US684983518 Dec 20031 Feb 2005Miele & Cie. KgHousehold food warmer for keeping foods and beverages warm
US69334748 Apr 200223 Aug 2005Electrolux Home Products, Inc.Electronic power control for cooktop heaters
US702294912 Apr 20044 Apr 2006Electrolux Home Products, Inc.Electric cooking range having multiple-zone power control system and wipe resistant control panel
US7038175 *30 Jun 20042 May 2006General Electric CompanyMethod and apparatus for a self-cleaning oven
US718695530 Jun 20056 Mar 2007Electrolux Home Products, Inc.Electronic power control for cooktop heaters
US718861918 Dec 200313 Mar 2007Miele & Cie. KgHousehold food warmer
US72357628 Jun 200526 Jun 2007Western Industries, Inc.Factory preset temperature warming appliance
US727965931 Aug 20059 Oct 2007Western Industries, Inc.Non-food warmer appliance
US7304270 *9 Apr 20044 Dec 2007Electrolux Home Products, Inc.Integrated warmer drawer and warmer zone controls
US748891931 Aug 200510 Feb 2009Western Industries, Inc.Warming apparatus
US75079377 Dec 200624 Mar 2009Electrolux Home Products, Inc.Electronic power control for cooktop heaters
US758929917 Nov 200615 Sep 2009Electrolux Home Products, Inc.Electronic power control for cooktop heaters
US761918221 Apr 200617 Nov 2009Whirlpool CorporationWarming drawer
US76653268 Apr 200523 Feb 2010Whirlpool CorporationDrawer appliance
US7954485 *30 Sep 20057 Jun 2011General Electric CompanyMethod and apparatus for ventilating cooking appliances
US80086053 Feb 200930 Aug 2011Electrolux Home Products, Inc.Electronic power control for cooktop heaters
US803506326 May 200511 Oct 2011Electrolux Home Products, Inc,.Electronic power control for cooktop heaters
US805858822 Jan 200815 Nov 2011Western Industries, Inc.Electronically controlled warmer drawer
US836797927 Aug 20075 Feb 2013General Electric CompanyCooking platform and related method
US20120024167 *3 Sep 20092 Feb 2012Myeong-Yeol KangCooking appliance
US20120074121 *23 Sep 201129 Mar 2012Western Industries, Inc.Electronically Controlled Warmer Drawer
DE10260017A1 *19 Dec 20028 Jul 2004Miele & Cie. KgDomestic food warmer or similar device for keeping food warm comprises a sliding device with a handle made in one piece which engages with a guide device on a front wall to close an opening in an air-tight manner
DE10260017B4 *19 Dec 200227 Oct 2005Miele & Cie. KgHaushalts-Speisenwärmer oder dergleichen
DE10260019A1 *19 Dec 20021 Jul 2004Miele & Cie. KgVerfahren zum Warmhalten von Speisen und Getränken in einem Haushalts-Speisenwärmer und Haushalts-Speisenwärmer zur Durchführung des Verfahrens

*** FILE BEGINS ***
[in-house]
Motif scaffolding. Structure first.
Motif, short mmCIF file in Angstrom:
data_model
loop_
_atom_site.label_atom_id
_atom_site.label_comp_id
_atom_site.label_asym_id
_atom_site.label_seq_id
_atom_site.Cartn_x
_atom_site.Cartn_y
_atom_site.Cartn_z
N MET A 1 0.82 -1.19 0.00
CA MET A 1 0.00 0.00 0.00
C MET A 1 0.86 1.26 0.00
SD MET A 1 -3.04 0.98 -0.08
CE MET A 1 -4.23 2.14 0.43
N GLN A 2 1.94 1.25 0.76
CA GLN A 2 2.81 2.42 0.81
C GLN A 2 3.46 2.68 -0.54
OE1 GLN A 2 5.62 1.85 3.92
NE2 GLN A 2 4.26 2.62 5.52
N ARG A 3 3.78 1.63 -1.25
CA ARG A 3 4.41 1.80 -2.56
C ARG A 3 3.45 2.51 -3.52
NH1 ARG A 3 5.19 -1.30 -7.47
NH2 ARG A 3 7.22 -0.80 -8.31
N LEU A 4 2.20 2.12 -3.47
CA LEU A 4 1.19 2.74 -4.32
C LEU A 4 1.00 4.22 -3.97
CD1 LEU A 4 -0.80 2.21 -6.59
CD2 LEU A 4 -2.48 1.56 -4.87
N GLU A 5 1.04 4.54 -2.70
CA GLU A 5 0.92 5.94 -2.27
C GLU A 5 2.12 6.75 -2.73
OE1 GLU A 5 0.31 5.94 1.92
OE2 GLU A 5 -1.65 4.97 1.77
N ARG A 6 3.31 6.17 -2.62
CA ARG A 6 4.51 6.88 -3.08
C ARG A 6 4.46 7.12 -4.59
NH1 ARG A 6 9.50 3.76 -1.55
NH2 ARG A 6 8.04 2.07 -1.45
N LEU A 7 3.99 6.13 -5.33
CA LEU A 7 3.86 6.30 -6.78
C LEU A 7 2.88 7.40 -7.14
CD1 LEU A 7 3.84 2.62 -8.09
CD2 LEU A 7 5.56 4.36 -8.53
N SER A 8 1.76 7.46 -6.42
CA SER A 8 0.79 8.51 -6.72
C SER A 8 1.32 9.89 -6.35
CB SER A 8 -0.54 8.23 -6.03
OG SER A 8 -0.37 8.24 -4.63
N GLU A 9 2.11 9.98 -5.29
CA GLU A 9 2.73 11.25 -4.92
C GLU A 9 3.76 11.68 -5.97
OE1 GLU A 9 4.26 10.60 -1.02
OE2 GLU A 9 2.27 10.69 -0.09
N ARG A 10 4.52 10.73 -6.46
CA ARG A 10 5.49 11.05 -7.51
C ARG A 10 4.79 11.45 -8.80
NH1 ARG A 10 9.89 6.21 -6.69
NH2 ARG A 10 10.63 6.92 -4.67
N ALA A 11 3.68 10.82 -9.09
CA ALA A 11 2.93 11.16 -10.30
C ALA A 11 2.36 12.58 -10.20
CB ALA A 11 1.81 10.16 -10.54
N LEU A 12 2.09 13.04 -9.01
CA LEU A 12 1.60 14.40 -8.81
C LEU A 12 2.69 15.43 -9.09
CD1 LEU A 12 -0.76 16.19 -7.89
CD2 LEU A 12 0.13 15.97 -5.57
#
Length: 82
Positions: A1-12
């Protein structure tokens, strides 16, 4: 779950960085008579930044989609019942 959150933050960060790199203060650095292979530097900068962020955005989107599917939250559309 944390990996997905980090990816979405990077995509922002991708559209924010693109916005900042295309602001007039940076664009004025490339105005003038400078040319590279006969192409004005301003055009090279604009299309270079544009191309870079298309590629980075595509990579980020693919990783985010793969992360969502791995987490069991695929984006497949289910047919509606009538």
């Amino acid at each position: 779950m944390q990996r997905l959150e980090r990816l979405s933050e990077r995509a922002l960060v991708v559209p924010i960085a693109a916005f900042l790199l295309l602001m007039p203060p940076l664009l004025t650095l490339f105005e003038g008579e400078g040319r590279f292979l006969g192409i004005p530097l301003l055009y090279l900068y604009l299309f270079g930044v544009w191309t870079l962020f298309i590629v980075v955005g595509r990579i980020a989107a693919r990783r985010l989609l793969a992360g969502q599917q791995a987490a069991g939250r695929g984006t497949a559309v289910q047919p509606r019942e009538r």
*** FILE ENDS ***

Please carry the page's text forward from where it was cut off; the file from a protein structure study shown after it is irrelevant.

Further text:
DE10260019B4 *19 Dec 200224 Nov 2005Miele & Cie. KgHaushalts-Speisenwärmer zum Warmhalten von Speisen und Getränken
DE10260022A1 *19 Dec 20021 Jul 2004Miele & Cie. KgDomestic food warmer or similar device for keeping food warm comprises a sliding device with a handle made in one piece which engages with a guide device on a front wall to close an opening in an air-tight manner
DE10260022B4 *19 Dec 200216 Sep 2004Miele & Cie. KgHaushalts-Speisenwärmer oder dergleichen
DE102005041776B3 *1 Sep 20053 May 2007Miele & Cie. KgVerfahren zum Steuern einer Wärmeeinrichtung sowie System zur Durchführung des Verfahrens
EP1434010A1 *16 Dec 200330 Jun 2004Miele & Cie. KGFood warmer for maintaining food and beverages warm
EP1586253A1 *6 Apr 200519 Oct 2005Whirlpool CorporationDrawer appliance
WO2007025688A126 Aug 20068 Mar 2007Miele & CieMethod for controlling a heating device and system for carrying out said method
WO2012032083A17 Sep 201115 Mar 2012Arcelik Anonim SirketiAn oven comprising a warmer compartment
Classifications
U.S. Classification219/407, 126/273.00R, 126/275.00E
International ClassificationF24C15/18
Cooperative ClassificationF24C15/18
European ClassificationF24C15/18
Legal Events
DateCodeEventDescription
16 Aug 2012FPAYFee payment
Year of fee payment: 12
17 Jul 2008FPAYFee payment
Year of fee payment: 8
29 Jun 2004FPAYFee payment
Year of fee payment: 4
20 Feb 2004ASAssignment
Owner name: ELECTROLUX HOME PRODUCTS, INC., OHIO
Free format text: MERGER/CHANGE OF NAME;ASSIGNOR:WHITE CONSOLIDATED INDUSTRIES, INC.;REEL/FRAME:014964/0254
Effective date: 20011221
Owner name: ELECTROLUX HOME PRODUCTS, INC. 18013 CLEVELAND PAR
Free format text: MERGER/CHANGE OF NAME;ASSIGNOR:WHITE CONSOLIDATED INDUSTRIES, INC. /AR;REEL/FRAME:014964/0254
18 Dec 1996ASAssignment
Owner name: WHITE CONSOLIDATED INDUSTRIES, INC., OHIO
Free format text: ASSIGNMENT OF ASSIGNORS INTEREST;ASSIGNORS:DEO, SUBHASH R.;BRAKE, GEORGE R.;PRYOR, JAMES E.;AND OTHERS;REEL/FRAME:008359/0638;SIGNING DATES FROM 19961213 TO 19961217